I Made A Bowl
This week’s assignment was to make a small composite object using resin and fibers. Knowing that I wanted to devote the majority of my time this week to working on my final project, I chose to make something very simple. I made a bowl.
My initial broad idea was to make a simple polygonal structure. I started drawing in Fusion and decided to play around with heptagons. I quickly opted to make a lofted structure out of two hepatgons at different heights, which started to look like a bowl. I rotated the upper heptagon to offset the faces on the sides.
At this point, I realized that by rotating the upper heptagon the faces on the sides of the bowl were not actually planes and so I would need to triangulate the sides in order to keep the shapes simple and not curved.
I also realized at this point that Fusion wasn’t going to be a great tool for creating a reasonable mesh, so I decided to just draw the few relevant shapes in Fusion, then piece them together in Illustrator. Playing around with the plane construction tools, I was able to create a set of triangular faces to connect one side of the upper heptagon to the lower heptagon.
I had a few false starts getting the right vectors generated, but finally got the sides and bottom vectors into Illustrator with the right dimensions. From there, I was able to match up edges and construct a flat representation on one side of the bowl.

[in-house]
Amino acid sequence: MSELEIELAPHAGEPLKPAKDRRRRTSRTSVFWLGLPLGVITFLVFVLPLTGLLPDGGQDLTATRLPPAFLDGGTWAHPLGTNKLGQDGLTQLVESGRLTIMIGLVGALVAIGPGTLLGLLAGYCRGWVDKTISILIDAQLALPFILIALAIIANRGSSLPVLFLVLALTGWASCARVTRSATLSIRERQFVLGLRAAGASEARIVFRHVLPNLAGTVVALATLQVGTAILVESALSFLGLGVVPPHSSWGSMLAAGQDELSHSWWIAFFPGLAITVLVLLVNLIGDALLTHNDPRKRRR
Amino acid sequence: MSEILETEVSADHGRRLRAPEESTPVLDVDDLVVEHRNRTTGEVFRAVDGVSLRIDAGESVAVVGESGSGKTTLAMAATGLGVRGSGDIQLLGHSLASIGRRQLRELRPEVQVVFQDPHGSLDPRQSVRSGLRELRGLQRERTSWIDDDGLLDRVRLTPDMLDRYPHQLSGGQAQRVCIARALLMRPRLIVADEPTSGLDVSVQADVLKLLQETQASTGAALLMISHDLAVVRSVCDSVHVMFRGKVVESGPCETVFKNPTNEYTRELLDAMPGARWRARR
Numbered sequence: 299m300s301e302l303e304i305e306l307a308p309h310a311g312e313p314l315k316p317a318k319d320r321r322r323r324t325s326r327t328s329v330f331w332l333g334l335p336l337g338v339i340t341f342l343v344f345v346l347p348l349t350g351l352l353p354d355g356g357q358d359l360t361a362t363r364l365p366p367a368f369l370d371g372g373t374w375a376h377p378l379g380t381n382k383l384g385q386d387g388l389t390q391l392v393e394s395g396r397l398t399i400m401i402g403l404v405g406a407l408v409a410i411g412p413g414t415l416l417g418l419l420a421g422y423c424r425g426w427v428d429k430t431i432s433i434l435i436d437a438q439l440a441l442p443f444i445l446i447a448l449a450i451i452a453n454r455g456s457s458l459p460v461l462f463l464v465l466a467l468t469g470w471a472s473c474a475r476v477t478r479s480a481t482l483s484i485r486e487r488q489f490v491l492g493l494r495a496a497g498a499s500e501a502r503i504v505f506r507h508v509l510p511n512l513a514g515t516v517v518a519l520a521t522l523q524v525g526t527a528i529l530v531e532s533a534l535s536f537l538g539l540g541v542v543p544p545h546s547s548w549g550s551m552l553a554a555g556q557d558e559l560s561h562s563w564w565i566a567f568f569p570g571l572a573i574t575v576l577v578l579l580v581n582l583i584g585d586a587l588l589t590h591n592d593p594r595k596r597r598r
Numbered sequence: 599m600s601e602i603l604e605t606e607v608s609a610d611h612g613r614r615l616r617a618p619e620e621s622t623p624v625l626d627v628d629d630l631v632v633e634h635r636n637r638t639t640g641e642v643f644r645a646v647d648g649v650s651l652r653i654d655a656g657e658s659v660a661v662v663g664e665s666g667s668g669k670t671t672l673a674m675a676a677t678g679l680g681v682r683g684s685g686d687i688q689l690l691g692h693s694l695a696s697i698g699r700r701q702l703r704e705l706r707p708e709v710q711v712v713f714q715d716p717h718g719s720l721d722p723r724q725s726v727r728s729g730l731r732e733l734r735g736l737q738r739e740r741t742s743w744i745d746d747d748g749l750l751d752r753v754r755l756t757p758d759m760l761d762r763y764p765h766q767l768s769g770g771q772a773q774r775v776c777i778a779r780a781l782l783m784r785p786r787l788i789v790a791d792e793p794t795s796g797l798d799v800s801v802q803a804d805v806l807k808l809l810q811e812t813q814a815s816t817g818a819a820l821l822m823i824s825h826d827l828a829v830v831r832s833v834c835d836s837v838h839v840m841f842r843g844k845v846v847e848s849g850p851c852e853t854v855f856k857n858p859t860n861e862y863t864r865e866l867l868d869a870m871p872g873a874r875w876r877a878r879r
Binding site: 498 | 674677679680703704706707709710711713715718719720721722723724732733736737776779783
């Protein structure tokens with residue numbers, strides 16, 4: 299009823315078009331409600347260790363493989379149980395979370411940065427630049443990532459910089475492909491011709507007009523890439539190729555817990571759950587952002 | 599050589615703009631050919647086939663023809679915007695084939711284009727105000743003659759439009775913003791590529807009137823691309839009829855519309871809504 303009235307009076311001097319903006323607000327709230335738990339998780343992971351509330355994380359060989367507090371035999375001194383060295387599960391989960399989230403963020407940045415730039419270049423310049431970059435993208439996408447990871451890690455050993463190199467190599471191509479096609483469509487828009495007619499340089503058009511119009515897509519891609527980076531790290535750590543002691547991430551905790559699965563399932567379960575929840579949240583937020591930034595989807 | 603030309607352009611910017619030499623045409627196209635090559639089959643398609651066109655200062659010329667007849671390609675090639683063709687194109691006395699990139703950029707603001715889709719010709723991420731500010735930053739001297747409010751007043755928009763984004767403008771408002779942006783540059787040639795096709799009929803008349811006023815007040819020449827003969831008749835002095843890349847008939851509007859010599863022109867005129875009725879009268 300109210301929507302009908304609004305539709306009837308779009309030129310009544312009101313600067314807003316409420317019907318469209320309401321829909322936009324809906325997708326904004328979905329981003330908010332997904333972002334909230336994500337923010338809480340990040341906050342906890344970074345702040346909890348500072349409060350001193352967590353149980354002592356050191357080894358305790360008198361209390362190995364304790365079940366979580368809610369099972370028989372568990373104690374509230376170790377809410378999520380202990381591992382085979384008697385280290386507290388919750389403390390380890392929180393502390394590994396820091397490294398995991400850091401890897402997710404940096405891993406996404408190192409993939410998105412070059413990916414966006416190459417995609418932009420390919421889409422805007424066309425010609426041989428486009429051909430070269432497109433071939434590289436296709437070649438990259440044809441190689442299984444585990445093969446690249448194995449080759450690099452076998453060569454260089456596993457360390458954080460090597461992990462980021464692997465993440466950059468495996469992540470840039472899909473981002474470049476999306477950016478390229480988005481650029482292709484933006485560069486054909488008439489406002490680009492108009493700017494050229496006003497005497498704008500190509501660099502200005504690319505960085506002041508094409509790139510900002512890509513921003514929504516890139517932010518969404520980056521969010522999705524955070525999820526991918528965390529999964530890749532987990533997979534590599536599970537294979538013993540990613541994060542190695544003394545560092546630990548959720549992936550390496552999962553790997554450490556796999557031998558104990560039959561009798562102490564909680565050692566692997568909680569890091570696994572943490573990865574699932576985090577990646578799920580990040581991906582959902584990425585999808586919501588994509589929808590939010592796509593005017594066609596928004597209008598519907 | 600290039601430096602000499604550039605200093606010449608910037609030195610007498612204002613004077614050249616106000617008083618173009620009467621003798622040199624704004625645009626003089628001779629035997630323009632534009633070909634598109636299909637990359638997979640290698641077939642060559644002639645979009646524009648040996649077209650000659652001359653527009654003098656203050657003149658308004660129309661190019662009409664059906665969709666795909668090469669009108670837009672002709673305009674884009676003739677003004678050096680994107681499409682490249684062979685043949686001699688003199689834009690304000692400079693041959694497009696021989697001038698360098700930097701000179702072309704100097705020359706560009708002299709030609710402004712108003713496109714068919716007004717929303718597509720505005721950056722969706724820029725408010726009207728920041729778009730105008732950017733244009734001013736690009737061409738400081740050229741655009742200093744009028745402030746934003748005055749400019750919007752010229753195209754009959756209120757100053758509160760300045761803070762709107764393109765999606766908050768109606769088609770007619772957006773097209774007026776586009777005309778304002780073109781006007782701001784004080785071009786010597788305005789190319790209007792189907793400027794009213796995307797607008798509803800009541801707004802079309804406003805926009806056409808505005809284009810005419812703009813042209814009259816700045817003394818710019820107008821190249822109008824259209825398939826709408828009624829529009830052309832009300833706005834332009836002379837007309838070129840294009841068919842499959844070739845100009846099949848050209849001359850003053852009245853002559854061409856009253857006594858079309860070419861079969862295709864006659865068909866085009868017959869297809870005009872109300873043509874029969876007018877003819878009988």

I replicated these vectors around the bottom heptagon to create the rest of the bowl.
Part of making the flat representation was that I could make a cardboard mold on the laser cutter rather than going through the process of machining foam. This went off without a hitch and I was able to get a cardboard model put together quickly.
The only problem was that there was very little fabric left by the time I went to do my layup, so this mold wasn’t going to work. I went into Illustrator and resized the vectors, as well as made a version with the faces attached in the other orientation (so that I could cut overlapping fabric on the laser cutter later).
IMAGE: Updated Vectors
I went ahead and cut a smaller bowl.
Then, using both the original and updated orientations, I laser cut the fabric to fit over the bowl.
From there, the layup was straightforward. Using the cardboard mold and fabric, I put together a simple 2-ply composite. Unfortunately, it was hard to really get the fabric to stretch well over the mold and none of the sharp edges came through. At this point, I was going to be surprised if the bowl came out looking like much of a design at all.
Nonetheless, I put my composite into a vacuum bag and pulled a fairly strong vacuum through it. I was actually a little concerned that the cardboard may not have withstood the vacuum pulling very well, so I was curious to see what would happen when I pulled the piece out.
The next morning I opened the bag to find…
Well, this is undoubtedly the ugliest thing I made this semester, but it did come out pretty strong! Agnes suggested that it looked more like a horseshoe crab than anything else.